It wasn't until going to a predominantly white, Christian university that I ever heard the term, "colorblind." Growing up in a lower class, immigrant/minority community, you knew very well what the race of the person next to you was, and you acknowledged it. There was no denying that. Especially when you grow up in a place where there were, in fact, gangs, based on racial/ethnic background.

When people use the term "colorblind," it's not usually out of malice. People who say this are probably not trying to hurt the person of color they're talking to. However,

it hurts.

& it's not just that. It's saying "but I'm not racist" when a person of color talks about their negative experience with white people. It's saying to "get over it" when venting about a race-related issue. It's talking about how people of color get scholarships for their race when white people don't. It's saying that race isn't important because "God created us all the same."

Obviously, you don't have to be a Christian to think this way, but I address Christians in this post because this is the group of people I notice this the most from. I grew up in the church, but I grew up in a secular community. College was the first time that I was fully immersed in Christian culture, white Christian culture, to be exact. So with my very contrasting experiences, I'm fairly familiar with how these two different groups of people tend to think about certain issues. 

It tends to be Christians who dismiss issues about race because it's racist to talk about it, or we are in a "post racial" society, or it's our fault that things are the way they are. 

I'm telling you right now if you've said any of the above things, STOP IT. 

You are not helping the problem by shutting down people and their experiences. The book of Genesis talks about how we are all created in His image, and that includes our racial/ethnic backgrounds as well. God wasn't colorblind when he created us otherwise we would all look the same, skintone wise.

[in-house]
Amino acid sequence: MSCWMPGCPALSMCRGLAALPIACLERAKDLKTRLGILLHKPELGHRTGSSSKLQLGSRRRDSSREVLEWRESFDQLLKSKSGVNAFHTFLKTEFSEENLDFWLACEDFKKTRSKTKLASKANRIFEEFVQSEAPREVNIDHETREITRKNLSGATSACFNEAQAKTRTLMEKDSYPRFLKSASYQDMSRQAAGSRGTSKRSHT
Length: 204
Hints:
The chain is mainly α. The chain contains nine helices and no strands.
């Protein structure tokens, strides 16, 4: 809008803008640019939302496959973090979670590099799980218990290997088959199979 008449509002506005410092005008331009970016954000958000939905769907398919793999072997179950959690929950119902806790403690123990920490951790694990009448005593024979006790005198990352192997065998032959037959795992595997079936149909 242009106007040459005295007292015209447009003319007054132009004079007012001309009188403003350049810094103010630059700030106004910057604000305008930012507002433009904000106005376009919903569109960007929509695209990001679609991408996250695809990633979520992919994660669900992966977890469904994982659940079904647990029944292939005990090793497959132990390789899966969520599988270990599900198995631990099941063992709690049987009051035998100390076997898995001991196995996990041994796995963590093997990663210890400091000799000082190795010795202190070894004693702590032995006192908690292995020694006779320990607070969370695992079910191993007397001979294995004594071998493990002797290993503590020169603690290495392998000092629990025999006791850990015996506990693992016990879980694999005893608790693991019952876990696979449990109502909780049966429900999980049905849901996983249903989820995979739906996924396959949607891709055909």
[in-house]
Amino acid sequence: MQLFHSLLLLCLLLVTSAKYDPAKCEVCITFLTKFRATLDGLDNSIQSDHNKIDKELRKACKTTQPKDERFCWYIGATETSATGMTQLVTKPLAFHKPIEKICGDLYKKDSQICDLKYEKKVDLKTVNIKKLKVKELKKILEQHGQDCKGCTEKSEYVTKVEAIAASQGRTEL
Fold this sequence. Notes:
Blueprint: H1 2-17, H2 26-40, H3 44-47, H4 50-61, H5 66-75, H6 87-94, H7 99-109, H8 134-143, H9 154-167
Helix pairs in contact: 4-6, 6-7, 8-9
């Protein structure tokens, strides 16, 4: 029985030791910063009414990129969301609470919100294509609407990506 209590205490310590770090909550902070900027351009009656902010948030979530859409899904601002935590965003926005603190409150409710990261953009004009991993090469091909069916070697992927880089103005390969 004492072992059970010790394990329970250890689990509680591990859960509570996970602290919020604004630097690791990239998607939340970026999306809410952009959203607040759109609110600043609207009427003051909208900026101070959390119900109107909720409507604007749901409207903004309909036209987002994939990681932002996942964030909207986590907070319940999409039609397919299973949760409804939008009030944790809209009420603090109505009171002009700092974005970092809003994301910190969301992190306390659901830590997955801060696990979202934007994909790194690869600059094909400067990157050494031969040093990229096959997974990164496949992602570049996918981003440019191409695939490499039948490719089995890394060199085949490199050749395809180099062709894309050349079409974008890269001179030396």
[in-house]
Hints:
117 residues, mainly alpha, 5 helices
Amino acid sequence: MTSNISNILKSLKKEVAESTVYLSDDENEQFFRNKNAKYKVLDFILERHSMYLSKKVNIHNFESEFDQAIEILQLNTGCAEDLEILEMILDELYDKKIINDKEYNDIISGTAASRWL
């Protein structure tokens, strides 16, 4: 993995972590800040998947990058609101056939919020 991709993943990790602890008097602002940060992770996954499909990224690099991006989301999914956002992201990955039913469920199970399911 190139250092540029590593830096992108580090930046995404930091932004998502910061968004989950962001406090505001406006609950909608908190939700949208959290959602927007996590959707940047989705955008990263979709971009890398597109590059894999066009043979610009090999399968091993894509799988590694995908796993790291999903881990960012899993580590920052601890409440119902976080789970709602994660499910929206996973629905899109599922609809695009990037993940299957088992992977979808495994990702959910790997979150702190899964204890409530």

And I know that many Christians are against things like #BlackLivesMatter, but instead of going against it, why don't you mourn with your Christian brothers and sisters? If you hate Black Lives Matter but can say Blue Lives Matter, then the word "black" was the problem. 

I've said this before on my personal Facebook and I'll say it again, 

Jesus spent time with and cared for the people that society hated, the people that society oppressed. 

When Jesus encountered a Samaritan woman (a group of people that Jews never associated with), he did not ignore her or insult her. He spent time with her and cared for her, which eventually led to her salvation and belief in the Messiah. When a prostitute came to Jesus and washed his feet with an expensive oil and her hair, he looked past her past instead of shaming her for the kind of life she lived. In fact, many times, Jesus rebuked the Pharisees, the people who were considered to be "good" because they did everything about religion "right" for that time period. 

I can talk more in detail about anti-blackness and prejudices we have as a result of how our society was built and so much more, but that would just be babbling. If you've made it this far in the post, please just take this away from this post: 

As Christians, we need to be on the forefront of the hard issues such as race. Our brothers and sisters in Christ may be part of the very groups of people who are oppressed, and when your brothers/sisters are hurt, you don't get angry with them while they're down, you love them. You stand up for them. You care for them. We lay our lives down as Jesus did. And as Christians, we need to do the same.